As to the book “Angels of Wrath” itself: I found that the preparatory exercise which the author proposes, “The Stillness,” to be an excellent meditation in its own right, very effective at inducing an altered state of consciousness, and possibly worth the price of the book by itself. However when it comes to the “baneful magick,” I run up against a problem. To my mind, the only way to ever get good at magick is to practice it repeatedly, and the kind of magick that is described in this book is not the kind that I want to practice even once. Hence this book would only be useful to a magician who is in constant fear for his or her life – e.g. because they live in a war-zone – or is a complete psychopath. Either that or they live in a third world country where the government positively encourages its citizens to defend themselves with deadly force – I suppose that with such a casual attitude to fire-arms, baneful magick must not seem so outrageous.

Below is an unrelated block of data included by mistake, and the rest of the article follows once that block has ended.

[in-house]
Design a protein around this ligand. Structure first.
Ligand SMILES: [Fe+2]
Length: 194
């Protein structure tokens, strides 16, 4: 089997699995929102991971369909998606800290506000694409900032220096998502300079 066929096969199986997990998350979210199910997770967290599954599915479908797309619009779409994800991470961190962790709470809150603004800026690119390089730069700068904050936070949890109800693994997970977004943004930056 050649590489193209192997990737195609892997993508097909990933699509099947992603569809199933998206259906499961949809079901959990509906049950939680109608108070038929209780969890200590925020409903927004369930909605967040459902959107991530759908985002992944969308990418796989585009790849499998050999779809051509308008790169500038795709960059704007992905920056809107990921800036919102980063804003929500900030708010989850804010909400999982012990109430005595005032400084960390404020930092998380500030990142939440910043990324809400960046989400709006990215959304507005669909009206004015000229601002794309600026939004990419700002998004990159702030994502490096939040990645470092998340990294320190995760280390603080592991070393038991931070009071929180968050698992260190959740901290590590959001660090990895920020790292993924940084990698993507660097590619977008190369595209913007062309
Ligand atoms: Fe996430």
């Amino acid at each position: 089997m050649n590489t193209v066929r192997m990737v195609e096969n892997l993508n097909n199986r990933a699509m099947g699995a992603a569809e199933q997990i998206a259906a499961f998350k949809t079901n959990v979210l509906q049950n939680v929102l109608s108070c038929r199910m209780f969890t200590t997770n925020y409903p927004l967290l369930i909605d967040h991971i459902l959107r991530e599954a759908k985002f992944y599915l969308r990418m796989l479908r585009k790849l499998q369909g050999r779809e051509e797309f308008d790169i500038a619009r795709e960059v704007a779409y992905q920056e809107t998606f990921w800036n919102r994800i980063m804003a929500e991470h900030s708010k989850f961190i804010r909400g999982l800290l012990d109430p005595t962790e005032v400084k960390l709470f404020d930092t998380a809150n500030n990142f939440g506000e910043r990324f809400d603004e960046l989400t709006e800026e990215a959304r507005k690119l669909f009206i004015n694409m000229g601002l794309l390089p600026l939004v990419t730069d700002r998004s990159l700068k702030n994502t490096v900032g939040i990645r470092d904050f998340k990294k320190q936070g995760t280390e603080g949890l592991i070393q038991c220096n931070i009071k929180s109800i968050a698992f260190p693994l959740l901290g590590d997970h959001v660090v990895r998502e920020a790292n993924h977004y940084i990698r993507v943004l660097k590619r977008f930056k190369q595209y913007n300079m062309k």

Angels of Wrath: Wield the Magick of Darkness with the Power of Light by Gordon Winterfield – available as a paperback on on Kindle from Amazon.